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William Thornley, after Claude Monet, Grainstacks, Last Sunrays, c. 1894. Transfer lithograph printed in orange on off-white chine appliqué. Bibliothèque de l'Institut National d'Histoire de l'Art, Paris. Collections Jacques Doucet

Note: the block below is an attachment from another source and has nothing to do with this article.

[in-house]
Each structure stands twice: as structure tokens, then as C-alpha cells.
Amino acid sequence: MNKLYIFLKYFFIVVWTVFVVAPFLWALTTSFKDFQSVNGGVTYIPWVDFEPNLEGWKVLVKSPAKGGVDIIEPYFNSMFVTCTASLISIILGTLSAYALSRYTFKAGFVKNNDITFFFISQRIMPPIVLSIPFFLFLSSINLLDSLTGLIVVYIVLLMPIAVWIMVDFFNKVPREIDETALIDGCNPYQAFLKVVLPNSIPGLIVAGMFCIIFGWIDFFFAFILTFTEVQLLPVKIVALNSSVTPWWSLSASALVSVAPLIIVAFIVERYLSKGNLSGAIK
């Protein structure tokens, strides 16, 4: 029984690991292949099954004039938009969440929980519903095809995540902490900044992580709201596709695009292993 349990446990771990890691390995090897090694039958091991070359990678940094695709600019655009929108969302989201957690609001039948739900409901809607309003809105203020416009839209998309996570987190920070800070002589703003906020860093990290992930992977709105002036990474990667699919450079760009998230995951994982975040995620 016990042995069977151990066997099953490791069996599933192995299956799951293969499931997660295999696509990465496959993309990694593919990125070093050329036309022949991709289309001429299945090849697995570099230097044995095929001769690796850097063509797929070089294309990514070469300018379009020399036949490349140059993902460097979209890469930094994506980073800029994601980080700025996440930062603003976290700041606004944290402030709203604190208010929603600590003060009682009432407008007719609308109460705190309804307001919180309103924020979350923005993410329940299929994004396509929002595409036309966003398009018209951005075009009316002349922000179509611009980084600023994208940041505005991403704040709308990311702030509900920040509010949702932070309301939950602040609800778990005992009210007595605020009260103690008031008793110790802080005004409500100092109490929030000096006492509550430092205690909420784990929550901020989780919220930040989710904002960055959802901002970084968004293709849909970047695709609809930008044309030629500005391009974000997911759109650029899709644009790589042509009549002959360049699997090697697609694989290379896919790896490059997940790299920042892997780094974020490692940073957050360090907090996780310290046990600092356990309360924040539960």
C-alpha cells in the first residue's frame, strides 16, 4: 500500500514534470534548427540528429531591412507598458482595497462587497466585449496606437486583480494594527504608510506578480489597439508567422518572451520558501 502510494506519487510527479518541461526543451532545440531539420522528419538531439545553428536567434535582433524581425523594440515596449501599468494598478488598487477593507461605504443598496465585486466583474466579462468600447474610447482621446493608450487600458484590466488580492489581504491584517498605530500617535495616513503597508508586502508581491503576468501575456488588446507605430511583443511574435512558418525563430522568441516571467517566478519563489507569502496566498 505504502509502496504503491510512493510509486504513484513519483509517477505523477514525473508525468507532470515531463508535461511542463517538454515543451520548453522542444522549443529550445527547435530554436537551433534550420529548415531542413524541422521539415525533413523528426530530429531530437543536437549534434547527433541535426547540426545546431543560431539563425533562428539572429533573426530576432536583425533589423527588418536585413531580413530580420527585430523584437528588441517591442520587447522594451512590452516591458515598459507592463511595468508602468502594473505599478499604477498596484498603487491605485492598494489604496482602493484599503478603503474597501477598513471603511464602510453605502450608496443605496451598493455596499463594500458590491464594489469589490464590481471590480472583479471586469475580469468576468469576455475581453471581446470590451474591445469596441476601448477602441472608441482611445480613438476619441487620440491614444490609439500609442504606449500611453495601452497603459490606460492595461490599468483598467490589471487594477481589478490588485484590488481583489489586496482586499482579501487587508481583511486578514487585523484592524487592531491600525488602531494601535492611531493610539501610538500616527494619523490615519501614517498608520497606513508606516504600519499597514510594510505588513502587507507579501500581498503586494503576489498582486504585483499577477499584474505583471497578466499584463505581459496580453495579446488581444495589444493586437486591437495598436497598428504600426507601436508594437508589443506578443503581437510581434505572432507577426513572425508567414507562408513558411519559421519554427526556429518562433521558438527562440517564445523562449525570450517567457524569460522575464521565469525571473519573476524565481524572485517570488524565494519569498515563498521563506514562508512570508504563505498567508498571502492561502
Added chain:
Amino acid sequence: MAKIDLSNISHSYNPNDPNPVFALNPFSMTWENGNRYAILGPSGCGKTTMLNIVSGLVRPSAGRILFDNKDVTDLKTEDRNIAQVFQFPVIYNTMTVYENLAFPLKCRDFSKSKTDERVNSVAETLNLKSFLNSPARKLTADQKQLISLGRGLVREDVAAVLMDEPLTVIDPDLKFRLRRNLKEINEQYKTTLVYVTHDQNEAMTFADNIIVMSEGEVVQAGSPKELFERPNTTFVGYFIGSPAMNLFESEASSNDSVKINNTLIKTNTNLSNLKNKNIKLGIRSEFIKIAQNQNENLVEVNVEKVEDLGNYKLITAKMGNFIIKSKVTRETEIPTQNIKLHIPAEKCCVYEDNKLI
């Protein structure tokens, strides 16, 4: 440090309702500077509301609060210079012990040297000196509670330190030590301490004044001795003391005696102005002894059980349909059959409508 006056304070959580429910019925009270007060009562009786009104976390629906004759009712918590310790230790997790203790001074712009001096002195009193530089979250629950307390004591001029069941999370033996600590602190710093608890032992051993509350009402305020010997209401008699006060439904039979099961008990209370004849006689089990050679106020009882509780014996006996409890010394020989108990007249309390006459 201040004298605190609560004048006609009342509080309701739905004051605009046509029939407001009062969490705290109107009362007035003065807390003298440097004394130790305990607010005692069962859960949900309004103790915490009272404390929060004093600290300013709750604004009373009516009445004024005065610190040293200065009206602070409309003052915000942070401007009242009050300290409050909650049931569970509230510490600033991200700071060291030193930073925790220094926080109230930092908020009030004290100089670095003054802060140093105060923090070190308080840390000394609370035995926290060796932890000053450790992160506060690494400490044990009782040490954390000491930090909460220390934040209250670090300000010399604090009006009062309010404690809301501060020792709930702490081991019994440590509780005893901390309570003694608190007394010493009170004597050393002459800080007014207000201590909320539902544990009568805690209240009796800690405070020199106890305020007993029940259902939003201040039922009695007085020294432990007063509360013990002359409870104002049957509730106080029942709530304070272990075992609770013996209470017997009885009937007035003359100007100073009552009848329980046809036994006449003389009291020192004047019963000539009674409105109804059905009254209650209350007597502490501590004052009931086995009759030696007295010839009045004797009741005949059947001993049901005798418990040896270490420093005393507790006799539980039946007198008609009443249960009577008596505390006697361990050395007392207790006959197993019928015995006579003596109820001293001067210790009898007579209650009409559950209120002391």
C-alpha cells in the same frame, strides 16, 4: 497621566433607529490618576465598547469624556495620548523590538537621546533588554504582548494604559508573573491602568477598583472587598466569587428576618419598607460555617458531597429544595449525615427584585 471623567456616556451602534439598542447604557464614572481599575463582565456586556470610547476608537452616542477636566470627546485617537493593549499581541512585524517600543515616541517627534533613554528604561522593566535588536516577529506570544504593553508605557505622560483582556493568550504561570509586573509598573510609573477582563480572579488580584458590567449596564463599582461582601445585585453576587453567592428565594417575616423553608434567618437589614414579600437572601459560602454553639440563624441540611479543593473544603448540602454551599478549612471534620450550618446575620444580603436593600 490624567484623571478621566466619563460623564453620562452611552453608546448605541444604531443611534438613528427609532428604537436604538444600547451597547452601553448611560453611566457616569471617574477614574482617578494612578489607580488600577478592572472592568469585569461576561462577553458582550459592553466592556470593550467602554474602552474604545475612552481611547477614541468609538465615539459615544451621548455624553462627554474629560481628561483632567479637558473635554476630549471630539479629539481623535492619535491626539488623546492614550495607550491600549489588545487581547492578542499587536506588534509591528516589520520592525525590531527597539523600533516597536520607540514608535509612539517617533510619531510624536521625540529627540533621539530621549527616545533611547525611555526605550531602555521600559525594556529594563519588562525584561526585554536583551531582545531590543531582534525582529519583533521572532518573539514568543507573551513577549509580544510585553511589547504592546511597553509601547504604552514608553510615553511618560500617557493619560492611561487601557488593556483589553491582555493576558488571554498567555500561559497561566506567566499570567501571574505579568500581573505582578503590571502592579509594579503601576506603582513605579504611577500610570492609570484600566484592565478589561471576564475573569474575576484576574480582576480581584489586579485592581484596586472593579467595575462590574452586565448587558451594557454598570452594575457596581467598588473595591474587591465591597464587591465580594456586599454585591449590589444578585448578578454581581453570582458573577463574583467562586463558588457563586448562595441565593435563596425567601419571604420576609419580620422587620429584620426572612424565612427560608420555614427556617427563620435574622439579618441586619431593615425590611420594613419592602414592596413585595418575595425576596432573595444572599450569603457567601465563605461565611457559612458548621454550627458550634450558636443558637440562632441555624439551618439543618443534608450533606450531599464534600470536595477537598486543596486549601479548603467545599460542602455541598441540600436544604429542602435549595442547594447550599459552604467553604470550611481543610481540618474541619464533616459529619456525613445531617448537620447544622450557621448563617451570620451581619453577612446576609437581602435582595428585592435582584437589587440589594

THE RISE OF MONET'S CELEBRITY from his debut at the Salon in 1865 through his participation in the Impressionist exhibitions and a series of one-man shows from 1880 onward was chronicled and promoted in the popular press. His career coincided with the birth of the mass media and a dramatic upsurge in illustrated art journalism. Before photography could capture the nuances of his canvases, Monet played an active role in publishing his work by producing black-and-white drawings after his paintings that were suitable for reproduction in letterpress. It was through the circulation of these specialized drawings that the artist's paintings were introduced to an even broader public. At the same time, while shunning hands-on practice as a printmaker, he took part in the fin-de-siècle vogue for lithography by entering into a venture to market the first limited-edition lithographic portfolio based on his paintings.
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